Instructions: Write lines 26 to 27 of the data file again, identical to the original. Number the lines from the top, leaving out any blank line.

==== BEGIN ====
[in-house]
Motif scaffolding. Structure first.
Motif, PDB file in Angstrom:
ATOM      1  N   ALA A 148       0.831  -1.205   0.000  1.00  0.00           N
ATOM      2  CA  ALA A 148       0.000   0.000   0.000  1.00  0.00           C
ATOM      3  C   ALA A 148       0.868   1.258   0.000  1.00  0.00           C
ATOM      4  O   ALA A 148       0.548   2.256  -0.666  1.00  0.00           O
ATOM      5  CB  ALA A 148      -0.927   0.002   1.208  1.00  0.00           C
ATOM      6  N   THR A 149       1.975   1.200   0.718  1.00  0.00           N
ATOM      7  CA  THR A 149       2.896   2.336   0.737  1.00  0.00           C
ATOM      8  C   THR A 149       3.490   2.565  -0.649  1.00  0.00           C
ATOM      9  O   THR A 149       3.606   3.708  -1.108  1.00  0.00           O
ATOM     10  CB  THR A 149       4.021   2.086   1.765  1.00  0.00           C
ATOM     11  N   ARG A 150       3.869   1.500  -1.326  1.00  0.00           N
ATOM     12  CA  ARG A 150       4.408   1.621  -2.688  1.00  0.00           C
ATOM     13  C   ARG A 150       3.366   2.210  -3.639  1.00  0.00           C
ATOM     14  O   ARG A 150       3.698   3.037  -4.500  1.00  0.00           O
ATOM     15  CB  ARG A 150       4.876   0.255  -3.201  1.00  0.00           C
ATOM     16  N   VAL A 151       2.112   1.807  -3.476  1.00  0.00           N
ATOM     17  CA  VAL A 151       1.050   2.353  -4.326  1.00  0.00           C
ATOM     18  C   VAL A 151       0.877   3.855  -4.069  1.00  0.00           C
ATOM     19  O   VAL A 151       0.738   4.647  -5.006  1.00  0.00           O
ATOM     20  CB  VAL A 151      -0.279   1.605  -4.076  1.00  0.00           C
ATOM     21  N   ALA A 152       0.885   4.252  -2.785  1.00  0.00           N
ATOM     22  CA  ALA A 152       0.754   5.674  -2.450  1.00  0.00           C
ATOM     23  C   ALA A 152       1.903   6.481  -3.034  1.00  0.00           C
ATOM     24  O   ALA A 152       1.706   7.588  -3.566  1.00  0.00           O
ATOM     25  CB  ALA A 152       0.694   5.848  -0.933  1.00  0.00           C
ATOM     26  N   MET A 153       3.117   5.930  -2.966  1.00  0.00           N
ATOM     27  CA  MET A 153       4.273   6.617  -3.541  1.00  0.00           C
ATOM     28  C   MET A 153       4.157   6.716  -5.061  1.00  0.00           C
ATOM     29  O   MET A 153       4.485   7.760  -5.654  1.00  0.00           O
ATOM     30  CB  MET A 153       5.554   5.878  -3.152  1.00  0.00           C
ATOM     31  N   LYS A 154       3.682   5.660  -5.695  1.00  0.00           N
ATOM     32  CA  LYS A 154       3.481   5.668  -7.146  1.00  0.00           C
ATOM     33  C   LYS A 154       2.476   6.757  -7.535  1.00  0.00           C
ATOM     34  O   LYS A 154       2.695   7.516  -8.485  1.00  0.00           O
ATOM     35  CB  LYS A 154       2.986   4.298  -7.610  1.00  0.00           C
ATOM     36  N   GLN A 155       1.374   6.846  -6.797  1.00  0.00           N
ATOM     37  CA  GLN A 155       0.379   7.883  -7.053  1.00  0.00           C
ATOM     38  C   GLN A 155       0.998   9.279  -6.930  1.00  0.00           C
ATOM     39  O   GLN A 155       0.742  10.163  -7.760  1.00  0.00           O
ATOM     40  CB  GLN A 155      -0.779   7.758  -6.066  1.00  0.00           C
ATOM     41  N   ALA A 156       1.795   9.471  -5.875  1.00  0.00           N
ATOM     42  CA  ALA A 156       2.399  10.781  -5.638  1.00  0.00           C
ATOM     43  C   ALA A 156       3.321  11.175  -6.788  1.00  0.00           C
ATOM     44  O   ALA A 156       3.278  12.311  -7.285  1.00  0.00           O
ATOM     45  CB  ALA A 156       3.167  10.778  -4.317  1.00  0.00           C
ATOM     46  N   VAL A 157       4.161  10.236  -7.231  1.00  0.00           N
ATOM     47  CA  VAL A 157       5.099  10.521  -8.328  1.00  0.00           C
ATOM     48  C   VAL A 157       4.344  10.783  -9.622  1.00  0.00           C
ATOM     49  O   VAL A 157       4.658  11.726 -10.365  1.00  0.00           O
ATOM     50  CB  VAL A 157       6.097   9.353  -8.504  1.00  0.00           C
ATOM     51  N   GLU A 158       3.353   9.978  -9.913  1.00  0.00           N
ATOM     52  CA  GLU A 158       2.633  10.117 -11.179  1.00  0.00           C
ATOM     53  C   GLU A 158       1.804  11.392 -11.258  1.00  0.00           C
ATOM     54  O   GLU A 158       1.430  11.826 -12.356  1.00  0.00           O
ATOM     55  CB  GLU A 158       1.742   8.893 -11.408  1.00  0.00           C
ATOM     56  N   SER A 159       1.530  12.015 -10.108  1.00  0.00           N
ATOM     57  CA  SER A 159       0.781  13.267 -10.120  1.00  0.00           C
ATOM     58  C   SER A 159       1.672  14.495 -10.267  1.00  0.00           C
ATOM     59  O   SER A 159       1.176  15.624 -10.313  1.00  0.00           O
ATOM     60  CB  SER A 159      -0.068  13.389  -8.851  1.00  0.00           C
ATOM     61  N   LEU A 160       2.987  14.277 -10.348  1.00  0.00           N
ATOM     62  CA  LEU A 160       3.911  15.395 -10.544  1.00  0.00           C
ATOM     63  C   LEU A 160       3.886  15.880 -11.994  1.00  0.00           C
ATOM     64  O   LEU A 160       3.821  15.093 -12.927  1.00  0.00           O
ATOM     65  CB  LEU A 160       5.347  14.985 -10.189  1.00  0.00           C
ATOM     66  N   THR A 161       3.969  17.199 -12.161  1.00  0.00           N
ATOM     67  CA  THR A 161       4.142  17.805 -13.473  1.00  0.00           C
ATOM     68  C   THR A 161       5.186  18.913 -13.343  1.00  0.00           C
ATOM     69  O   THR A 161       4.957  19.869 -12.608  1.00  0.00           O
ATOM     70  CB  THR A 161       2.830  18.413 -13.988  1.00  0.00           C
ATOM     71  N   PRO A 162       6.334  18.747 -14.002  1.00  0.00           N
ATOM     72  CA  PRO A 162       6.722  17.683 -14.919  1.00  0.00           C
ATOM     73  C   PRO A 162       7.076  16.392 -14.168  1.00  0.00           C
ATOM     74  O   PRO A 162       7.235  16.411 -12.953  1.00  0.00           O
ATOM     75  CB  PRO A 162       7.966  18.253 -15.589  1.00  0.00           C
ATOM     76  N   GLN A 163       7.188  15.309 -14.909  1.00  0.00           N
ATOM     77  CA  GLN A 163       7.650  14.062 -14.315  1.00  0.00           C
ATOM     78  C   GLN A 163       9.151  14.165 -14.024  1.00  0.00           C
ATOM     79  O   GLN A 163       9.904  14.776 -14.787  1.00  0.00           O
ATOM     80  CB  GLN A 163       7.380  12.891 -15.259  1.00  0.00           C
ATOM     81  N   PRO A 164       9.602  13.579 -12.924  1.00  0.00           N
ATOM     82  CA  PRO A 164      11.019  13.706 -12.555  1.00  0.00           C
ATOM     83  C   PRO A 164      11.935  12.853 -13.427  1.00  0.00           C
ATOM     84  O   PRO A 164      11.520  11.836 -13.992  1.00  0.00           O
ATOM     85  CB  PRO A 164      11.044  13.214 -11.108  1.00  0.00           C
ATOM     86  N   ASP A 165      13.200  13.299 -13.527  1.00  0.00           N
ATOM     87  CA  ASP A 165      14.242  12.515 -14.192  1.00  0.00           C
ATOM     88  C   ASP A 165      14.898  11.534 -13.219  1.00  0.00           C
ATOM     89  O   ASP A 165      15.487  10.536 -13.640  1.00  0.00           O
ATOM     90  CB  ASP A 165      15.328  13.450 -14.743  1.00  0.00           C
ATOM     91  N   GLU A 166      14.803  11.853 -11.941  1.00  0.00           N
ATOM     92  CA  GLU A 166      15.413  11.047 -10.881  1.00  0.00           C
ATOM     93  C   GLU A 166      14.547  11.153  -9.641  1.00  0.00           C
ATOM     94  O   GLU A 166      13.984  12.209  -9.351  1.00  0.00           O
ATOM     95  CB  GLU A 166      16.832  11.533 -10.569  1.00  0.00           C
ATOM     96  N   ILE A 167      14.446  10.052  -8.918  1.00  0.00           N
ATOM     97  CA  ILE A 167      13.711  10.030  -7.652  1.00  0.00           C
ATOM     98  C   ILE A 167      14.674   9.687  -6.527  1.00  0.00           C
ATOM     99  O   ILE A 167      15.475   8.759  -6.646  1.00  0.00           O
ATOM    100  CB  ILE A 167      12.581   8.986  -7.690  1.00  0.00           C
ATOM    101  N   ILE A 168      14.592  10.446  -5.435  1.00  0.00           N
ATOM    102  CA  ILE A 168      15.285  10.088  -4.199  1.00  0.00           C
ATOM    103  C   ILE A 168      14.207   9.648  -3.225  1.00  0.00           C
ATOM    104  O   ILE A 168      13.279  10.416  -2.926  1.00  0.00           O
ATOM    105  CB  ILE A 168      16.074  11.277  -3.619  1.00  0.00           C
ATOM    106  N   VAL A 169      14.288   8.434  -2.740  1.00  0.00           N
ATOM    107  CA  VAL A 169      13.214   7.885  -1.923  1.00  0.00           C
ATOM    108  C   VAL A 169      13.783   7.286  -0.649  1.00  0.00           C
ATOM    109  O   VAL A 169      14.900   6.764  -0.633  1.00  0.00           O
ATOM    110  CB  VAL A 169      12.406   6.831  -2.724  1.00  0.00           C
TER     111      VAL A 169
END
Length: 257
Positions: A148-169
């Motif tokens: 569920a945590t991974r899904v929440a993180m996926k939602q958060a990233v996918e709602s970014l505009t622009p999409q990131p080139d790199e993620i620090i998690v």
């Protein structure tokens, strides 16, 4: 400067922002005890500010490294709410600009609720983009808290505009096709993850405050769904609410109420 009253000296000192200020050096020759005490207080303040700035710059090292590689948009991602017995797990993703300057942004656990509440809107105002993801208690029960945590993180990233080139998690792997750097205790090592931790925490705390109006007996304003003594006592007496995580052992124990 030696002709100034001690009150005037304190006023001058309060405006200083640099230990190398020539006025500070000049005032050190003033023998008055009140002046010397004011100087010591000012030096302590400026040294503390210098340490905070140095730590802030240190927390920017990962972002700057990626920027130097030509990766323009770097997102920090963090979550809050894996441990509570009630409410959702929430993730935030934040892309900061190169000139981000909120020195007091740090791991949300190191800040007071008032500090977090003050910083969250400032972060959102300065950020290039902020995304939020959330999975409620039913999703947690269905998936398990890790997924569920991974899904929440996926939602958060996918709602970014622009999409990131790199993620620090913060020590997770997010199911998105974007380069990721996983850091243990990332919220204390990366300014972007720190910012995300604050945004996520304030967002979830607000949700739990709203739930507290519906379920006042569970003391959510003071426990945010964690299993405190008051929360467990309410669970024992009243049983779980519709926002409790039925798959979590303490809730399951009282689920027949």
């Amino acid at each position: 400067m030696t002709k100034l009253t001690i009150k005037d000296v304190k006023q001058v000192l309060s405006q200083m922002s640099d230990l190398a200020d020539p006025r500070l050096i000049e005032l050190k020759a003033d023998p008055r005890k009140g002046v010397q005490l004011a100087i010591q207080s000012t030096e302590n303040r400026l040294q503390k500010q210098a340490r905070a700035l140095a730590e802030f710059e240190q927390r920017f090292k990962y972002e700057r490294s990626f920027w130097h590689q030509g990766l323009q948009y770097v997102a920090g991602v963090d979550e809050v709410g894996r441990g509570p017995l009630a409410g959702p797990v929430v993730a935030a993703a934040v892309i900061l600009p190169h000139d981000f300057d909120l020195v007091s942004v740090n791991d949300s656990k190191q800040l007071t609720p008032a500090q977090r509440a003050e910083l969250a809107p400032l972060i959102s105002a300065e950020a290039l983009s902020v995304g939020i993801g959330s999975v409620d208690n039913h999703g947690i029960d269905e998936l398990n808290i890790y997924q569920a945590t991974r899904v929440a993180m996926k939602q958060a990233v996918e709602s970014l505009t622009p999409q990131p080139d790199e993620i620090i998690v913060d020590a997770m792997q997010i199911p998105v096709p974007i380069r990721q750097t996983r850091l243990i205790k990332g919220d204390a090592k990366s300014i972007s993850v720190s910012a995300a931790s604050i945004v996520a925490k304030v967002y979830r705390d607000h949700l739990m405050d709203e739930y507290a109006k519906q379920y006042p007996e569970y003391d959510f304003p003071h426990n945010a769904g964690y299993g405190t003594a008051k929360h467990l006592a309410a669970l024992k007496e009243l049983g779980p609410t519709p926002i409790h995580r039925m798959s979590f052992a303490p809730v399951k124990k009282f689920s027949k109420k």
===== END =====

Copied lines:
ATOM     23  C   ALA A 152       1.903   6.481  -3.034  1.00  0.00           C
ATOM     24  O   ALA A 152       1.706   7.588  -3.566  1.00  0.00           O